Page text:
– my grandfather’s Sunday pork roast and apple sauce

– my grandmother’s chicken curry made from shredded chicken out of the stock pot

– my grandmother’s periogi which we used to fight over

– warm jam donuts from the polish church canteen

– poppy seed stollen and other cakes whose names I forget

When I think of my dad i think of

– A garden groaning with vegetables

– Green beans which he ate by the bowl full and boiled eggs

– Pasta in all forms

– Loaves of bread ripped apart to be dunked into the leftover sugo

– Percolated coffee and numerous biscuits for dunking

My mother evokes

– Handmade pasta and biscuits

– Apple tea cakes

– Crostoli and donut balls

– Spaetzle and chicken broth when we were unwell

– Pickled cucumbers and grilled vegetables

– Margarine containers of home made brawn which made me recoil in horror

When I hear of these foods or eat them the memories of those that nurtured and cared for me are evoked and recalled. These are the stories and memories of those that came before me that I hope to share and expand upon with those that will come after me.


It can be argued that we place too much emotional emphasis on food and that can certainly be the case, but we can have enjoyment from food and evocative memories without shovelling the meal down. There is no reason that a small version of one’s favourite dish can’t be made to celebrate an occasion or just because. What if we could create easy and enjoyable meals that become part of our family’s story? I have my mother’s recipe books from high school, carefully hand written and graded accordingly. I love that I have this part of her history with me, tangible evidence of foods she cooked and shared with her parents and siblings and then it turn the family she create with my dad, us. Two recipes from that book feature here, the pumpkin scones and jam drops. Two old fashioned favourites that I recreated and shared, a little part of my mum, a little part of me. We can’t help but be influenced by those around us at the best of times, but to me it is delightful when that influence is the sharing of ideas and stories from which we can choose what we take from it and create as our own. To me the most interesting and enjoyable recipes are the ones in which a chef or cook or just you or me have taken an idea, an example and had some fun creating it for enjoyment and tweaked it to suit the individual palate.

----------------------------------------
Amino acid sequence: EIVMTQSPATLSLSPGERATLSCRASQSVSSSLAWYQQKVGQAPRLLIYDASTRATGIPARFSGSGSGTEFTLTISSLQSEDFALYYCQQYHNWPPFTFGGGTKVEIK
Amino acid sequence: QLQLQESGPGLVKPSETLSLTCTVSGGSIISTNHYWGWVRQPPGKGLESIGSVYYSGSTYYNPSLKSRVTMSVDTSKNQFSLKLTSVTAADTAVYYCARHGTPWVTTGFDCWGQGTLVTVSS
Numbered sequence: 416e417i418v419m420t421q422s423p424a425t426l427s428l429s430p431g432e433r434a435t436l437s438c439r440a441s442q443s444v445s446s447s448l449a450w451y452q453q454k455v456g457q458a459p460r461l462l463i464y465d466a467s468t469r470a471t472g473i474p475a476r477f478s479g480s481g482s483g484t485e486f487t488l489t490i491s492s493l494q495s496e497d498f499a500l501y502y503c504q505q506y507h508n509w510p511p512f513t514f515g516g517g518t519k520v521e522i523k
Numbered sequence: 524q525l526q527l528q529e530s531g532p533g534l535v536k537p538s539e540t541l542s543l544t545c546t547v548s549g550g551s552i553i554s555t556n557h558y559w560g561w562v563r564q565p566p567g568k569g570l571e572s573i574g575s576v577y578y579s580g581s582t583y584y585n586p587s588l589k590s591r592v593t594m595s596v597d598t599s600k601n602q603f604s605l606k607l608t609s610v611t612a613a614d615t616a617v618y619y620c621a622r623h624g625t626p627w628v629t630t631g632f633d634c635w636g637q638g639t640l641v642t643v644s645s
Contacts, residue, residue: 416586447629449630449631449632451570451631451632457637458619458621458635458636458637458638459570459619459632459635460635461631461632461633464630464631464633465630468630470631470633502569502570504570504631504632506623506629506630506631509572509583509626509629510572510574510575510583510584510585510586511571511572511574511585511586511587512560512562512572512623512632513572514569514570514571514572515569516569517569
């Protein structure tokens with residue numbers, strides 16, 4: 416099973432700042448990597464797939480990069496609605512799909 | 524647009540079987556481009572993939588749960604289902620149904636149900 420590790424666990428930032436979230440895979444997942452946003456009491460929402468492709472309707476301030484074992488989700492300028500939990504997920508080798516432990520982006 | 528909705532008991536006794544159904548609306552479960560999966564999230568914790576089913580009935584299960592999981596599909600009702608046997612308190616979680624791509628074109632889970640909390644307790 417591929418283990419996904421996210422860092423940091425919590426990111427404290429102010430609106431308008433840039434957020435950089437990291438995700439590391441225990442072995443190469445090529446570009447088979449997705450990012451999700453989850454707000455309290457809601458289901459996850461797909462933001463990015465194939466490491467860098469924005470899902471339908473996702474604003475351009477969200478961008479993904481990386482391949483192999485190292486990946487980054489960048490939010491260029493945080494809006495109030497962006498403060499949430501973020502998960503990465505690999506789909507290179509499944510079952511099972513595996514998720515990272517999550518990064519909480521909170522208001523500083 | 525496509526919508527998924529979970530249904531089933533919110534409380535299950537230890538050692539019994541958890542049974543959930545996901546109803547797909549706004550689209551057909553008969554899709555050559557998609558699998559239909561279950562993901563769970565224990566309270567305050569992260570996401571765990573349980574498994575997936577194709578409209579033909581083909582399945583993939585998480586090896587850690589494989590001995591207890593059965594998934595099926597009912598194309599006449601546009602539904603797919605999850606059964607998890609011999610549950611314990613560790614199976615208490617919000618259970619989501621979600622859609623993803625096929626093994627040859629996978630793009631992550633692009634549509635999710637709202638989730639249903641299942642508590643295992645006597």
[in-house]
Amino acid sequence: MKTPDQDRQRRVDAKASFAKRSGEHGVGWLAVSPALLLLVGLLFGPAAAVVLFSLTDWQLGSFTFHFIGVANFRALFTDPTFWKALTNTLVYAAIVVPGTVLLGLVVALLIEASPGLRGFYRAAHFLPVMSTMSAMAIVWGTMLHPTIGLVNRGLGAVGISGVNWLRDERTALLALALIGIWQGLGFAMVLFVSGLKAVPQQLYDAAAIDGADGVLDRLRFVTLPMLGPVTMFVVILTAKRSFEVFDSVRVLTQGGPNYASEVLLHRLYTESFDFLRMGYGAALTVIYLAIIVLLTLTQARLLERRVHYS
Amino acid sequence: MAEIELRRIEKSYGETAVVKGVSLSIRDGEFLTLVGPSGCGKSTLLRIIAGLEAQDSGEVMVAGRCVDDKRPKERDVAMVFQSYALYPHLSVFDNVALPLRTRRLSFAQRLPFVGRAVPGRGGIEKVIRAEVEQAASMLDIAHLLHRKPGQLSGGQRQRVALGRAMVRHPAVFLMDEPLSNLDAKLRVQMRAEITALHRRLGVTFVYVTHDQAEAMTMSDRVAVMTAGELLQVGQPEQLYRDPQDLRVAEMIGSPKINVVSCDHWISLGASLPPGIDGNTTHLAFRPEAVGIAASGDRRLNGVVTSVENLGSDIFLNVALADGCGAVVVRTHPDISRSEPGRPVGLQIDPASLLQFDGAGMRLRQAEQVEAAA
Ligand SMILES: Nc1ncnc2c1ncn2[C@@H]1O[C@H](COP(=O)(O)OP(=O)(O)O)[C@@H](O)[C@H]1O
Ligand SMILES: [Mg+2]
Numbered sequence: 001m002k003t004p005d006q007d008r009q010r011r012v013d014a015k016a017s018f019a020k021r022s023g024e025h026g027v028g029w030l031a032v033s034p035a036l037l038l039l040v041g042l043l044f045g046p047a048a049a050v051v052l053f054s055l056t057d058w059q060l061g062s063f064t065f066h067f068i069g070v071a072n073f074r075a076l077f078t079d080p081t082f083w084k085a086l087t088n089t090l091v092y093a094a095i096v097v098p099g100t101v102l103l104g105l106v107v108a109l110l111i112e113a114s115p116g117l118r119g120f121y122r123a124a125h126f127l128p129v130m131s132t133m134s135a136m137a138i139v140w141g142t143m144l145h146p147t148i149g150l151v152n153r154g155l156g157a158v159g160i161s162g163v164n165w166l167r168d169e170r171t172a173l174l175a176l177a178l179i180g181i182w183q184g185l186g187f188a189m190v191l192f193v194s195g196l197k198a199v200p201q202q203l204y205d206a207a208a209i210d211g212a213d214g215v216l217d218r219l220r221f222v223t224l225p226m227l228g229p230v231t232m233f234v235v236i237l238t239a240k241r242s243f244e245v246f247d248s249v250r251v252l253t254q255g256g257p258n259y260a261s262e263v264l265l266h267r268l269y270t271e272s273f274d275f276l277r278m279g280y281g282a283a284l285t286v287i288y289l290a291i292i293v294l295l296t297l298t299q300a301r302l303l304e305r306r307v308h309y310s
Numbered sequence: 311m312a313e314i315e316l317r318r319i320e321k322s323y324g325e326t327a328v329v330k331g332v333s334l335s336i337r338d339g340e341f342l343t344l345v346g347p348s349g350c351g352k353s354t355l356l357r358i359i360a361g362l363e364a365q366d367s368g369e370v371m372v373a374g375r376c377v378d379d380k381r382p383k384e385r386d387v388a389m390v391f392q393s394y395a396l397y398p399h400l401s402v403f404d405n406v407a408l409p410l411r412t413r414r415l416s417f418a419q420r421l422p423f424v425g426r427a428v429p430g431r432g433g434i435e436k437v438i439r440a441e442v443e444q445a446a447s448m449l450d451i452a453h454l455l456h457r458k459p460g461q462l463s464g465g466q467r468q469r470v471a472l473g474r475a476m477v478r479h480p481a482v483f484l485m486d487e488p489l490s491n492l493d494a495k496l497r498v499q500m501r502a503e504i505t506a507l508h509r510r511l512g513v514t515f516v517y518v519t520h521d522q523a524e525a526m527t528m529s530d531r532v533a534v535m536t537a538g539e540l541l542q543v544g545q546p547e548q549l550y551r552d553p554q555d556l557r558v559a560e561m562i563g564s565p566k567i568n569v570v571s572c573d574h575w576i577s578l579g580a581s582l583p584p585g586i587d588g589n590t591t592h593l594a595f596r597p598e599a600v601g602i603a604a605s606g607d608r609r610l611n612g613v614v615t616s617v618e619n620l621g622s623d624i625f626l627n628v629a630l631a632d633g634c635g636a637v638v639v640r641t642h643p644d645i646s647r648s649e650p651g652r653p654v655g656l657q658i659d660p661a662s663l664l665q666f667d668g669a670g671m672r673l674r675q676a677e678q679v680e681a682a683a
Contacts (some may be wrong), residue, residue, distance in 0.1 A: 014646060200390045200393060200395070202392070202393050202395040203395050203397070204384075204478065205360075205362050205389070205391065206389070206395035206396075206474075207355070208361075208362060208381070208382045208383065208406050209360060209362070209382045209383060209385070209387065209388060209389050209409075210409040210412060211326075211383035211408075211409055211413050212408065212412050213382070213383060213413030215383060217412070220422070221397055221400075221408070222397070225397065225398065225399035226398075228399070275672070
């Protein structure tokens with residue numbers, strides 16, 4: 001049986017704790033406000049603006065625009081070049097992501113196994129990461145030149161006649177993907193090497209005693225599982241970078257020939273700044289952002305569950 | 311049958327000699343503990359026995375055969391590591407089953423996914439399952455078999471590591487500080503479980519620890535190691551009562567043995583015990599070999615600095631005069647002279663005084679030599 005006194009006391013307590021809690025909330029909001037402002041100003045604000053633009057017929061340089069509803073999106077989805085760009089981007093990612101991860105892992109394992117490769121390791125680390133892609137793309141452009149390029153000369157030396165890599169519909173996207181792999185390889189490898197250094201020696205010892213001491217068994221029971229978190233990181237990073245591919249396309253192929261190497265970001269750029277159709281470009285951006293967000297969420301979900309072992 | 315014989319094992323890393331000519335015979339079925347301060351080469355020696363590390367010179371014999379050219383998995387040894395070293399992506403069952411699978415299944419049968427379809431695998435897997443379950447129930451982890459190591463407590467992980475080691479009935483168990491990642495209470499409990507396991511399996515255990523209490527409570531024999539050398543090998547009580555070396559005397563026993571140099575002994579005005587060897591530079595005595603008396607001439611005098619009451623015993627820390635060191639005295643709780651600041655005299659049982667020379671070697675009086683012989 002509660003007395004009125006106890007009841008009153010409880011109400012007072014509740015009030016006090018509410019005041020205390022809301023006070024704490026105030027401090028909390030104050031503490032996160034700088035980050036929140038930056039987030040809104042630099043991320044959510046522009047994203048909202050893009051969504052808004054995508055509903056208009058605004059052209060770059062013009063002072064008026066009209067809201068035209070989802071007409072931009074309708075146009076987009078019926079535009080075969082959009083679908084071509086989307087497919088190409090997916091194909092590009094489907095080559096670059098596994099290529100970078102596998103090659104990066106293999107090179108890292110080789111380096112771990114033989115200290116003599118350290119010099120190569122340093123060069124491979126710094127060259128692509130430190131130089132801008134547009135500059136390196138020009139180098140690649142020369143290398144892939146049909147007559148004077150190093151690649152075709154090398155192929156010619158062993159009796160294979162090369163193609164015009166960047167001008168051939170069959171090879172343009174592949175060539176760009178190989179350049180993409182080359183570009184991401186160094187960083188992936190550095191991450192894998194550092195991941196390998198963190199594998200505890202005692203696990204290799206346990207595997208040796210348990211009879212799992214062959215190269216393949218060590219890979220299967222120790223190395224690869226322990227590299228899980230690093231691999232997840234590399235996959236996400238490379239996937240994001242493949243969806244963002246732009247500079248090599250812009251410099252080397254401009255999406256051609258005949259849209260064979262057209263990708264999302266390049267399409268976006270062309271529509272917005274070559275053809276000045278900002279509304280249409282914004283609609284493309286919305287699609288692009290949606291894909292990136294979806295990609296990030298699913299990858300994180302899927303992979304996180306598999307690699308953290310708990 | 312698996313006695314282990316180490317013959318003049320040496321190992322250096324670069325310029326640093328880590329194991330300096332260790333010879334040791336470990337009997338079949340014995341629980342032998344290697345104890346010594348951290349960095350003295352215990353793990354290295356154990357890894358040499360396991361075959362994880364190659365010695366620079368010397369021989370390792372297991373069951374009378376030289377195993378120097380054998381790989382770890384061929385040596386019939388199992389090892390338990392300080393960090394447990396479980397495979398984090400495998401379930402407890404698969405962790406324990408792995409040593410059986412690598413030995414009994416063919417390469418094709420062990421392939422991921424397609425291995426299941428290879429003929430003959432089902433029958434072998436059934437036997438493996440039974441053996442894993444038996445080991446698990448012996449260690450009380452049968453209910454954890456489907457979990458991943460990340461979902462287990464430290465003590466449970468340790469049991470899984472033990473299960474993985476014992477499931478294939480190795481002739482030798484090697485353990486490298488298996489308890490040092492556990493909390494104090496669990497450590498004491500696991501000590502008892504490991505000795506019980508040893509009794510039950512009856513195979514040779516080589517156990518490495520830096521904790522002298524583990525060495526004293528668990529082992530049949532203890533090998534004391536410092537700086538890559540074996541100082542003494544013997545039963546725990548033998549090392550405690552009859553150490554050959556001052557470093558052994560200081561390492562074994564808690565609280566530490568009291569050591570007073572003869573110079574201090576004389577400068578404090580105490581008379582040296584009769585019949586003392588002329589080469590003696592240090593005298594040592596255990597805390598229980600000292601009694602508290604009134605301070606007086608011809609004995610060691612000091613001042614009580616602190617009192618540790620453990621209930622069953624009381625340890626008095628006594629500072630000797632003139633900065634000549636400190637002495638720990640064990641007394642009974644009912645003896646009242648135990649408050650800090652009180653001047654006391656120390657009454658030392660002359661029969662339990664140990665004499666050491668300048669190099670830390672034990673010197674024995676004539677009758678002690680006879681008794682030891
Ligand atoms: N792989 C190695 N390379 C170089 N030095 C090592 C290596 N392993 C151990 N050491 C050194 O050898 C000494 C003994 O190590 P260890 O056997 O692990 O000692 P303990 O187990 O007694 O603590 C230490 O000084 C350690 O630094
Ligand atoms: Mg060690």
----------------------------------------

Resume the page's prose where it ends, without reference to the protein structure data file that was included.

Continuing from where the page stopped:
As a chef it is always the objective to create food that is stimulating and interesting. Flavour combinations and techniques are akin to a painter’s tool box, they are the colours and textures we use to tell a story or create an experience.

One of my favourite catering jobs was for a previous co-worker that was in the finance department. She asked if I could create a surprise five course menu for her and her husband as an anniversary present. Her only guidelines were he likes Asian style food. This was so much fun to prepare and I scoured my cook books and dialogued with her the ideas and a menu was born. Five courses from light (soup) to heavy (curry) from mildly spicy to something with some kick. Each dish was only three to four mouthfuls but each was created to be full of flavour. Her husband arrived home from work to find us in the kitchen, the table set and me in my uniform and a look of puzzlement on his face. ‘Surprise’ she said, ‘Welcome to your anniversary dinner’. The fact that I could create an experience for these two, memories and enjoyment at home created in their kitchen was the beginning of the idea that this could be how people choose to eat more often. What if we could create fun menus to celebrate or just enjoy? What if your wedding menu consisted of your favourite meals shared through your dating years?

Recently I made baked stuffed apples for my brother and sister in law. My brother smiled fondly as he recalled how my mother used to make this very dessert for us all. It created a space of quiet contemplation as a lovely memory was recalled. What if the mere consumption of the food was only half the story? What if the act itself of creating the meal was half the fun? 99% of the food I create professionally I don’t eat myself. Well except for some sneaky mouthfuls. So what’s in it for me? What drives us chefs to create meals we never eat? I believe it’s the knowing that those that come and choose to dine at our tables enjoy sharing that which we create. They enjoy the experience of eating well prepared food and the expertise and experimental flair of those that love to create with food. ? A part of me smiles as I recall all the beautiful meals I have made, all the near misses I have salvaged and the team work that has created a successful food service. Why indeed? Are we crazy? Are we silly? Or do we just know that for us, creating food, sharing food and talking about food is just a part of who we are. We couldn’t imagine it any other way. Nor would we want to.

What are your favourite foods to make for yourself or loved ones? Are there items you make when it’s just you as the other doesn’t like it as much? Do you have a family recipe that has been handed down for generations and is part of your story? I would love you to share these ideas with me as I have with you.

IMOK_signature dish